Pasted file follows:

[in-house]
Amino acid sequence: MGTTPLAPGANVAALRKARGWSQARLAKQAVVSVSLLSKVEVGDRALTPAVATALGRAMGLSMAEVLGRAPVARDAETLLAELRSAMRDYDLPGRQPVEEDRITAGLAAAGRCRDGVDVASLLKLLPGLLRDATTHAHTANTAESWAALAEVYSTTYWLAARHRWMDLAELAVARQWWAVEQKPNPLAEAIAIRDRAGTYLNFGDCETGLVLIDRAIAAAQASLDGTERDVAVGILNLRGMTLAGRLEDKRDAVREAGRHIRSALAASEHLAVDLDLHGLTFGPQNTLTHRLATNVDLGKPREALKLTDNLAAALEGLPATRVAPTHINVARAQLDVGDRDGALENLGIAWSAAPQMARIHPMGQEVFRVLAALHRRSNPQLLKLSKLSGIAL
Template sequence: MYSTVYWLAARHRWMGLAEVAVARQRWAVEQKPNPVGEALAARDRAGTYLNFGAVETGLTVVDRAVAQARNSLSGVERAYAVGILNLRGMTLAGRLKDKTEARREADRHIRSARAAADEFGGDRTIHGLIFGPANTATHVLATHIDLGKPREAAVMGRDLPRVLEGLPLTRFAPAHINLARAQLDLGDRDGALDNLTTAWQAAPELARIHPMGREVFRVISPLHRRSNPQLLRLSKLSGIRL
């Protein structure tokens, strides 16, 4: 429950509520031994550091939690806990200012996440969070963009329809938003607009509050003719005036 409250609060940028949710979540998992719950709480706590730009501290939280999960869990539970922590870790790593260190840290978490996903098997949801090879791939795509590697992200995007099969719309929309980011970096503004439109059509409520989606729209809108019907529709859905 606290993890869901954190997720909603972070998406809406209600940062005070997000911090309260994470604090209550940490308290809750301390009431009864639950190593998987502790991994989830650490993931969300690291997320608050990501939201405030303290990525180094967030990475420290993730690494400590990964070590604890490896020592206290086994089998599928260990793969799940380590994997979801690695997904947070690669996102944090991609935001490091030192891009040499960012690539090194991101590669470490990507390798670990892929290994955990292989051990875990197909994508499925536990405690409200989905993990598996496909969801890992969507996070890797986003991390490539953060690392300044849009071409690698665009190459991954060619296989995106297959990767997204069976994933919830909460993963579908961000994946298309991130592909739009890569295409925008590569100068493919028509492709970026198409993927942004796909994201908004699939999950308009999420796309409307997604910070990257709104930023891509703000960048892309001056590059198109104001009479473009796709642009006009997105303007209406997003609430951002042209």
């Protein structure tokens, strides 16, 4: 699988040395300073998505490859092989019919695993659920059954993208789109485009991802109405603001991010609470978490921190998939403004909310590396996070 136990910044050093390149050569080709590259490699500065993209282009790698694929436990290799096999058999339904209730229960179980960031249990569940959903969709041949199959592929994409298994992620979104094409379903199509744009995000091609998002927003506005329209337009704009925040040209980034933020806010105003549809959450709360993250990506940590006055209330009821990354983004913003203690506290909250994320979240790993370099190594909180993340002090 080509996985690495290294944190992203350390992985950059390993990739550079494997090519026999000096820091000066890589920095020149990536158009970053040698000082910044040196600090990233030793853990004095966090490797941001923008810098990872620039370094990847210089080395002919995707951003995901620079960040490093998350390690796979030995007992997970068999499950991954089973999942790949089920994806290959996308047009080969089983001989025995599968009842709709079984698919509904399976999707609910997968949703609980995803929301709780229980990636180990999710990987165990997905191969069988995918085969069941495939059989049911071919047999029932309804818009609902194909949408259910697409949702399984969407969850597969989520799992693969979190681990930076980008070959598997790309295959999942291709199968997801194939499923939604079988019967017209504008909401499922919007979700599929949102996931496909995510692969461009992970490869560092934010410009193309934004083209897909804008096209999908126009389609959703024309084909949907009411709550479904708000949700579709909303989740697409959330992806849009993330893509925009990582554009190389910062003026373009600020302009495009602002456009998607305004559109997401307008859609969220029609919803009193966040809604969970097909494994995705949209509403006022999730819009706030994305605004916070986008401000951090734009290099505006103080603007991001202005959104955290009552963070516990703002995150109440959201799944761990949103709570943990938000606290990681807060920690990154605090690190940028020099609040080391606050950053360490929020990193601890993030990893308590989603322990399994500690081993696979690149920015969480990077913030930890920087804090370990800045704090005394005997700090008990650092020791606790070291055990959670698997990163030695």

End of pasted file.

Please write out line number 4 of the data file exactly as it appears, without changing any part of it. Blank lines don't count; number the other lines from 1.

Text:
């Protein structure tokens, strides 16, 4: 429950509520031994550091939690806990200012996440969070963009329809938003607009509050003719005036 409250609060940028949710979540998992719950709480706590730009501290939280999960869990539970922590870790790593260190840290978490996903098997949801090879791939795509590697992200995007099969719309929309980011970096503004439109059509409520989606729209809108019907529709859905 606290993890869901954190997720909603972070998406809406209600940062005070997000911090309260994470604090209550940490308290809750301390009431009864639950190593998987502790991994989830650490993931969300690291997320608050990501939201405030303290990525180094967030990475420290993730690494400590990964070590604890490896020592206290086994089998599928260990793969799940380590994997979801690695997904947070690669996102944090991609935001490091030192891009040499960012690539090194991101590669470490990507390798670990892929290994955990292989051990875990197909994508499925536990405690409200989905993990598996496909969801890992969507996070890797986003991390490539953060690392300044849009071409690698665009190459991954060619296989995106297959990767997204069976994933919830909460993963579908961000994946298309991130592909739009890569295409925008590569100068493919028509492709970026198409993927942004796909994201908004699939999950308009999420796309409307997604910070990257709104930023891509703000960048892309001056590059198109104001009479473009796709642009006009997105303007209406997003609430951002042209």